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The best hand mixers of 2020

November 19, 2020. Summarized by summa-bot.

The best hand mixers of 2020, tested by CNN Underscored. To find the best one, we tested nine top-rated hand mixers from brands like Breville, Cuisinart, and more. We mixed, we beat, we whisked. Ultimately, three rose to the top.

They’re less of an investment in time (setting up, cleaning and putting away) and money than a stand mixer, and the ideal choice when you just want to quickly hammer out some cookie dough, whipped cream or cake mix.

The most expensive of the hand mixers we reviewed, the Breville not only mixed ingredients the fastest out of our testing pool (making quick work of even the heaviest of ingredients), but is also equipped with features that you’d expect for a premium price, including a “headlamp” style light and rubber-coated beaters that make it the quietest of all the mixers we tested.

It’s very easy to maneuver and aptly tackles all of the basic functions — mixing, whisking, beating — though it does lack a kneading attachment and was a bit slower on certain tasks compared to the higher-end hand mixers we tested.

For mixing, we used a simple three-ingredient sponge cake recipe, with eggs, cake flour and granulated sugar, which really tested the mixer’s ability to add air to the eggs, making the cake fluffy and easy to slice.

It’s a real test of the baker’s skill and patience, and the most important tool to maintain the required stamina is a lightweight hand mixer that is easy to maneuver.

We also tested the mixers for lighter tasks as well: When we gave the Cuisinart a whirl making chocolate chip oatmeal cookies from a mix, the beater attachments on the machine handled the heavy ingredients with ease, fully mixing the bowl of oats, chocolate chips, oil and egg in roughly two minutes.

The heavier ingredients, just like the light egg whites and cake batter, stayed put in the bowl, which was not the case for several of the other mixers we tested.

Between its pro-level whipping abilities and ease-of-use, not to mention its handy storage case, the Cuisinart HM-90BCS 9-Speed Handheld Mixer proved to be the best hand mixer we tested.

The style, versatility, power and speed of the Breville BHM800SIL Hand Mixer make it akin to a sports car of the small-appliance world.

We first used it to make whipped cream and meringue with the double whisk attachments, a departure from the single-whisk mixers that made up the bulk of our testing pool.

For its higher price, the Breville does offer features we didn’t see on any other mixers, like rubber-coated scraper beaters, which (besides being quiet) didn’t have any dough clinging to them when we were done mixing.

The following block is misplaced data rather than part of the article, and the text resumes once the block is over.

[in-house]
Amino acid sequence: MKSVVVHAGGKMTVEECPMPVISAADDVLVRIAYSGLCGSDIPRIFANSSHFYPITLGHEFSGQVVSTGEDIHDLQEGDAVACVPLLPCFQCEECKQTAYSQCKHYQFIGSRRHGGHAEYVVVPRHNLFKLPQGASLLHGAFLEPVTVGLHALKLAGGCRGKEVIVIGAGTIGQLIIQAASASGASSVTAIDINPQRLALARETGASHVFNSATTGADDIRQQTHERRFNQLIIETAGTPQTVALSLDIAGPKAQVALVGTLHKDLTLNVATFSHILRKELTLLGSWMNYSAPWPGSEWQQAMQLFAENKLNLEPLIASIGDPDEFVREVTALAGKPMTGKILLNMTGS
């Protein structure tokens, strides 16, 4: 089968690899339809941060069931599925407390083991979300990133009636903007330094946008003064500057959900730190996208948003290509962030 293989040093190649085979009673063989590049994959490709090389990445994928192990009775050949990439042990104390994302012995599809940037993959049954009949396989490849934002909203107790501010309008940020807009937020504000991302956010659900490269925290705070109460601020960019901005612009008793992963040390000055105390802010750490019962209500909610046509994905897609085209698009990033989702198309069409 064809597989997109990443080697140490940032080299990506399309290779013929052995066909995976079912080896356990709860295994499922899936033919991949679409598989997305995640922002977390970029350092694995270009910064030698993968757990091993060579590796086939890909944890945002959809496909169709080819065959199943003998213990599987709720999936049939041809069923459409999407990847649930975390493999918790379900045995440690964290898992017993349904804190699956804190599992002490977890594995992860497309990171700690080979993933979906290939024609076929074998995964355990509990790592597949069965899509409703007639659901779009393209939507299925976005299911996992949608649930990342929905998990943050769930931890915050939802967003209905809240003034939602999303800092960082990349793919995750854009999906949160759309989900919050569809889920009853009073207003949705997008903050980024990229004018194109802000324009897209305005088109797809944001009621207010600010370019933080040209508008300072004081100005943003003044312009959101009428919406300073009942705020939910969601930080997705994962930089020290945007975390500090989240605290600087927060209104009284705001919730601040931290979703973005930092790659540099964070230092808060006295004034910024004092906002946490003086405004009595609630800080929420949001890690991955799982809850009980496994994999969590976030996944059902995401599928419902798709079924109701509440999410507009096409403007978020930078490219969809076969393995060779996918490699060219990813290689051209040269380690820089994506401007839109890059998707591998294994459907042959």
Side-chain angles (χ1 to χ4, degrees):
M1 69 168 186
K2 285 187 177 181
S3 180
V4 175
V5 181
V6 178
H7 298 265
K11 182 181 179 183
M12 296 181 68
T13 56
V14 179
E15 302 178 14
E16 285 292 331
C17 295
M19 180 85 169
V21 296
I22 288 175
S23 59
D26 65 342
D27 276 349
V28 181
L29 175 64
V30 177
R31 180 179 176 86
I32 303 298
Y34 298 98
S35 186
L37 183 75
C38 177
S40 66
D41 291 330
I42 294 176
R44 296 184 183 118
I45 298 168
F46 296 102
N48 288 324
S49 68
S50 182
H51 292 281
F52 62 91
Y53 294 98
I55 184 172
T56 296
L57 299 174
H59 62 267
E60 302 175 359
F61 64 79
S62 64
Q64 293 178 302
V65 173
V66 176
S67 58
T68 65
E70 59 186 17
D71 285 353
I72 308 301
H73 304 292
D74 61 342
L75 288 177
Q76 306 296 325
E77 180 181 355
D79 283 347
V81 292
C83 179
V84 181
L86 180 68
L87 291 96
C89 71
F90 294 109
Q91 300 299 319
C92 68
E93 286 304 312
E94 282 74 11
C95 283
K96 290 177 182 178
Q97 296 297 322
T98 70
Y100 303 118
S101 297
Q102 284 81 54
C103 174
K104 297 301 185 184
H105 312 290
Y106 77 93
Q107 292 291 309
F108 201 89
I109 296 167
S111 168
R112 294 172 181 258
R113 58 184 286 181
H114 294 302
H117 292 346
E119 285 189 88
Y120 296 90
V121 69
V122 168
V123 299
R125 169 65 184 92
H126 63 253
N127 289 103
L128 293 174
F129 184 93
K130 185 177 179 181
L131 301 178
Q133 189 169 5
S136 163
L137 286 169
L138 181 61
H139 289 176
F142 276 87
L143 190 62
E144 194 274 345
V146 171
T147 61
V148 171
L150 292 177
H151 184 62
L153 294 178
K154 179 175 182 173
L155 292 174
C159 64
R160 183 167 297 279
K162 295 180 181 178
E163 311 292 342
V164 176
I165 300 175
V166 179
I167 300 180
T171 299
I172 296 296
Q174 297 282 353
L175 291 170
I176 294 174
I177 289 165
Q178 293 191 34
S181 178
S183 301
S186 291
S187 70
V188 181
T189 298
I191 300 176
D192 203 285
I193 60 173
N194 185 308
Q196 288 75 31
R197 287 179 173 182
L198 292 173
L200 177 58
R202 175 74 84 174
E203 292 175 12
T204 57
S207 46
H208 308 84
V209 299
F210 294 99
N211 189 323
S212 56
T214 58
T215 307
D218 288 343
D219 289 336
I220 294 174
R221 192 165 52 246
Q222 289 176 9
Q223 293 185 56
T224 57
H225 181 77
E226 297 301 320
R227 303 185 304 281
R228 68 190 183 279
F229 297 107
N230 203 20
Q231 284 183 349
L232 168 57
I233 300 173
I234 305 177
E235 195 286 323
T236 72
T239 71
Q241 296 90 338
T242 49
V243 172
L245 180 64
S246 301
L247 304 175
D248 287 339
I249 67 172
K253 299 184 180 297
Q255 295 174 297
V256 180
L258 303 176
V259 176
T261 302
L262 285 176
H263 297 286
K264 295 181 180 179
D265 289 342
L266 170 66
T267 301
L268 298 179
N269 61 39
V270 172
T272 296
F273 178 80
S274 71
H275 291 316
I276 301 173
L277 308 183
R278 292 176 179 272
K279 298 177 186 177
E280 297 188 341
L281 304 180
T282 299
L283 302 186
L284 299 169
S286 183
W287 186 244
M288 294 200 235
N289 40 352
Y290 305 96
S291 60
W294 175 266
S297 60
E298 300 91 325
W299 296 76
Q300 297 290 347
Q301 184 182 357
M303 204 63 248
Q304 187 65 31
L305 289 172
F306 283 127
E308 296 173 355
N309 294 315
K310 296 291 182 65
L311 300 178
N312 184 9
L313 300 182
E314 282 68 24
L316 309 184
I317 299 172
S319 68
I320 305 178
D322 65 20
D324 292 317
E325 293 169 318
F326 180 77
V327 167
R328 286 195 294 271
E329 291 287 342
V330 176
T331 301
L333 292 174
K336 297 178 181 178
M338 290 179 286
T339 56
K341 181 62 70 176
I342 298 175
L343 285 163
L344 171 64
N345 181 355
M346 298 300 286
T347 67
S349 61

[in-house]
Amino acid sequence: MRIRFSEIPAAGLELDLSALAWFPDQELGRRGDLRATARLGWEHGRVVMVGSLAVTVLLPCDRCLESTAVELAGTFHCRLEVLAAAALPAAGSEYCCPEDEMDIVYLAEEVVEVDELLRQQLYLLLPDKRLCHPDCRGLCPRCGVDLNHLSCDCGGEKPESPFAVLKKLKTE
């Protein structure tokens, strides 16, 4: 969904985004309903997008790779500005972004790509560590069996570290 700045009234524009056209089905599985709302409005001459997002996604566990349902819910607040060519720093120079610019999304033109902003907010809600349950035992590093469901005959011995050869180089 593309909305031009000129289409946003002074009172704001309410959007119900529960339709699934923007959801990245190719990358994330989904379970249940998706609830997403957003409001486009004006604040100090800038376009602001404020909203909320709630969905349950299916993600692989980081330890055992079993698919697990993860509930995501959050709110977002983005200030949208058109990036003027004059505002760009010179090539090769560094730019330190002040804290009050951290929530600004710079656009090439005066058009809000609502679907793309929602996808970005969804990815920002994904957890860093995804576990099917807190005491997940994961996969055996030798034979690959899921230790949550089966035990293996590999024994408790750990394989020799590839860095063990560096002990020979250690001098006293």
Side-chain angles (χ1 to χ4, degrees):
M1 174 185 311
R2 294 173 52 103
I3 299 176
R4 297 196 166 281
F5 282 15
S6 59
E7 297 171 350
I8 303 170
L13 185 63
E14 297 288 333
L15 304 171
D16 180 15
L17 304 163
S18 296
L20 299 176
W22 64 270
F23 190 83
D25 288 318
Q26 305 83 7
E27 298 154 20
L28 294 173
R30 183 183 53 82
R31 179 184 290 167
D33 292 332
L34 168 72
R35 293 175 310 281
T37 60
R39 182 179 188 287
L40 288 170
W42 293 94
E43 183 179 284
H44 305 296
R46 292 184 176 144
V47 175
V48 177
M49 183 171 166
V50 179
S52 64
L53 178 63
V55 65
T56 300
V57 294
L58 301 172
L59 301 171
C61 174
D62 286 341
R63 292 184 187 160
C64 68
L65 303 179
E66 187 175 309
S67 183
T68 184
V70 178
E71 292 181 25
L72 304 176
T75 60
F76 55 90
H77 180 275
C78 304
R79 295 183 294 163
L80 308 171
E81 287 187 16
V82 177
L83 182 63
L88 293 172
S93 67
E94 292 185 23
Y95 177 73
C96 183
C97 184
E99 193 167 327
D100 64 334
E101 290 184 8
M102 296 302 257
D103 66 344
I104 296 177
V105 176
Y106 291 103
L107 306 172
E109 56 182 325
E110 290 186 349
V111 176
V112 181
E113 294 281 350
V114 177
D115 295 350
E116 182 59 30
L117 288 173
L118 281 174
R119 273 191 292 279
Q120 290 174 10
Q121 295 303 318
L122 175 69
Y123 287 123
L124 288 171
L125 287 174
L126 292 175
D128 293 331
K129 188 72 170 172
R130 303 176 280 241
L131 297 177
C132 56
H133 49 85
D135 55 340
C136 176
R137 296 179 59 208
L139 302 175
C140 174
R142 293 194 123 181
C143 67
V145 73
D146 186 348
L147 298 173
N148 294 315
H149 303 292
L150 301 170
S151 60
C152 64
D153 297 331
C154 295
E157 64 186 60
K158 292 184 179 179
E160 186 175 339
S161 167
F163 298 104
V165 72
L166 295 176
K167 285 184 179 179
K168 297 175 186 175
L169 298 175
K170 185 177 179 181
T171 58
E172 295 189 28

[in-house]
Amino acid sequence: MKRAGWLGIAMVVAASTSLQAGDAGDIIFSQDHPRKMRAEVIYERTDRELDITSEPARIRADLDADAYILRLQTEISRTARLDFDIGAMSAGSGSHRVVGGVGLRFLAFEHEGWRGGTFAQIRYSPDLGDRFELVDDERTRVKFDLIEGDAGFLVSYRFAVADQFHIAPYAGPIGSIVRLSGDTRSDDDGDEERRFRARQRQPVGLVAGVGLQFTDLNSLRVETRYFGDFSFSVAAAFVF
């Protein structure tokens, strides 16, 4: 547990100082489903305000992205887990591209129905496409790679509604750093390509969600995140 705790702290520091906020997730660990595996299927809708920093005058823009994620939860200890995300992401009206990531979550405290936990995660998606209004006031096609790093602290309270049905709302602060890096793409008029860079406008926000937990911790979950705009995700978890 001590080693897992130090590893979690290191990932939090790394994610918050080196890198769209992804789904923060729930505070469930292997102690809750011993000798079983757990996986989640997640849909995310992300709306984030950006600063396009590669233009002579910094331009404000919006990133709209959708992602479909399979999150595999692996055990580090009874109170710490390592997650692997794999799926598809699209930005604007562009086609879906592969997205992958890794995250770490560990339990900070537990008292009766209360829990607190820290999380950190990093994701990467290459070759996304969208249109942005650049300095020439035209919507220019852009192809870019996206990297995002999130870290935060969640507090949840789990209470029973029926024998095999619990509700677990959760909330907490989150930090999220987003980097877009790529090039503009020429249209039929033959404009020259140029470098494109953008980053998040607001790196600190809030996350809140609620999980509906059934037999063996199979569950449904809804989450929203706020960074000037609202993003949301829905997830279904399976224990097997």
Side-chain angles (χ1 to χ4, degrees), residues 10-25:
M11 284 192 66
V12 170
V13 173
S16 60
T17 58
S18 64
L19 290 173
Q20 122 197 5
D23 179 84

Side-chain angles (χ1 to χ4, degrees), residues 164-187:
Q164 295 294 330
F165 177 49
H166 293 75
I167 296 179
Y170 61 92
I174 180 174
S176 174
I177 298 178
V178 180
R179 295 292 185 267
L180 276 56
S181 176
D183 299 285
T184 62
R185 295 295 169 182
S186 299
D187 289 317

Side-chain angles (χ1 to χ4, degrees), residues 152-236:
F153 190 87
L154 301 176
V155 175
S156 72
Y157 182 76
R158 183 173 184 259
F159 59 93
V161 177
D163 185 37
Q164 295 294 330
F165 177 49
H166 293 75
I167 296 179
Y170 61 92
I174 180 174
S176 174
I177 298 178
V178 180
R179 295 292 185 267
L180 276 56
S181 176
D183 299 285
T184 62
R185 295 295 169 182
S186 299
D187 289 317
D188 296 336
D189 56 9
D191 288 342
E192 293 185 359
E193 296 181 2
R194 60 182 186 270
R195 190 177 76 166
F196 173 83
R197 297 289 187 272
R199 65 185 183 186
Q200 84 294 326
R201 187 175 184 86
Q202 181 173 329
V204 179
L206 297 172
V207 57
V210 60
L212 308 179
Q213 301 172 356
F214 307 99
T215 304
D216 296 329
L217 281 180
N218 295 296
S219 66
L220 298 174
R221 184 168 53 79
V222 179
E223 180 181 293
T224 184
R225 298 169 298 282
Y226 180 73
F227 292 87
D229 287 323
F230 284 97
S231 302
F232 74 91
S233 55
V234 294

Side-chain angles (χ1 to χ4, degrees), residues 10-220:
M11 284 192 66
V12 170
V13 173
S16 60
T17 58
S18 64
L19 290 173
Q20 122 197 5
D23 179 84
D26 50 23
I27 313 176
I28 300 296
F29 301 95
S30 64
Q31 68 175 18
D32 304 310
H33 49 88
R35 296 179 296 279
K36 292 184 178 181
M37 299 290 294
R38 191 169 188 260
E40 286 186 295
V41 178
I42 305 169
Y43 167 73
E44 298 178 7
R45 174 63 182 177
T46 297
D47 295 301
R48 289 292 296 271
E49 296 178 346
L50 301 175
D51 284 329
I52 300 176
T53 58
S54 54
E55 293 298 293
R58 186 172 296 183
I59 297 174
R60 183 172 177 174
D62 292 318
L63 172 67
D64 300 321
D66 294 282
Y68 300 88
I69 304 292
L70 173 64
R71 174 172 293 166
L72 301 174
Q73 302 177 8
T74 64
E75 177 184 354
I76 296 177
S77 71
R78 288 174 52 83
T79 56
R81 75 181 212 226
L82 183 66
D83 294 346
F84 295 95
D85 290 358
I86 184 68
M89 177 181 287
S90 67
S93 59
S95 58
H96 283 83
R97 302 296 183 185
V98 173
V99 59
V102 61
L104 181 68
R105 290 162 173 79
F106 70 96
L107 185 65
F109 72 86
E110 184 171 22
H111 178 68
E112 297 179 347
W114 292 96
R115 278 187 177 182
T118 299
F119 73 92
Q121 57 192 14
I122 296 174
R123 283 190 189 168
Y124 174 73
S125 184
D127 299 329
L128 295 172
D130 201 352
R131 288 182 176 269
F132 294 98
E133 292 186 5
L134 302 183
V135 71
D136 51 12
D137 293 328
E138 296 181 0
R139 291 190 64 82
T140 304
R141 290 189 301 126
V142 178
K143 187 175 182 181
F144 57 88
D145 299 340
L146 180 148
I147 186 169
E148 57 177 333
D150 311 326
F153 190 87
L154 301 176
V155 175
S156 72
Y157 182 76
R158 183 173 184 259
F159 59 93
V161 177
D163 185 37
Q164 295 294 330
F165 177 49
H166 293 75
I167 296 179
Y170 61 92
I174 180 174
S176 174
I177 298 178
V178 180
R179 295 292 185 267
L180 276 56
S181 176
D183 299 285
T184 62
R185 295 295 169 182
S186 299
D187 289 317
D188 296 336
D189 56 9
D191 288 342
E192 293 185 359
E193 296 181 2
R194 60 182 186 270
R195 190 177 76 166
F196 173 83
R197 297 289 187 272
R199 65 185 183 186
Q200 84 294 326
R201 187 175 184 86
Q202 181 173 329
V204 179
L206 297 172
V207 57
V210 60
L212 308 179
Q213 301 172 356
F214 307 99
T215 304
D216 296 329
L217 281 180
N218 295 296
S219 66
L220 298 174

The stylish design, exceptional power, nine settings, six attachments and even a headlamp are everything you need in a mixer — and then some — making the Breville BHM800SIL well worth its premium price.

The lightness of the Hamilton Beach, coupled with the bowl rest — grooves on the side so you can balance the mixer on the bowl while mixing, a feature unique to this mixer — made the 20-minute process of feeding sugar into eggs simple and easy.

While this mixer lost points for not having dough hooks and taking a little longer than our winners to whip, if you’re looking for a low-priced mixer to tackle most baking tasks and need a lightweight, easy-to-maneuver tool, the Hamilton Beach is a solid choice.

We really wanted to put these kitchen essentials to the test and get to the heart of what would be the priorities of someone looking for a hand mixer.

We took copious notes on which mixers handled the best — both in our hands and in the mix — and how well they were built and stood up to heavy use.

There was a little more of a struggle with the delicate process of mixing the sugar into eggs for the sponge cake, as this machine is very powerful and rattled in our hands when we tried to go slowly.

In use, it seemed a little lower on power than some of the pricier mixers we tested, and took six minutes to make whipped cream and meringue.

This lightweight hand mixer comes out of the box looking simple and stylish, with the mixer attachments lying flush against the body of the mixer.

As the Dash Mixer only comes with standard beater attachments, we used those to whisk egg whites and whipped cream, and both took just over five minutes and didn’t make any splatter.

The machine lacked the power to mix the heavy ingredients in the dough, and when we plunged the mixer into the ingredients, the dry mix poofed out of the bowl a bit, leaving cookie-mix dust all over the counter.

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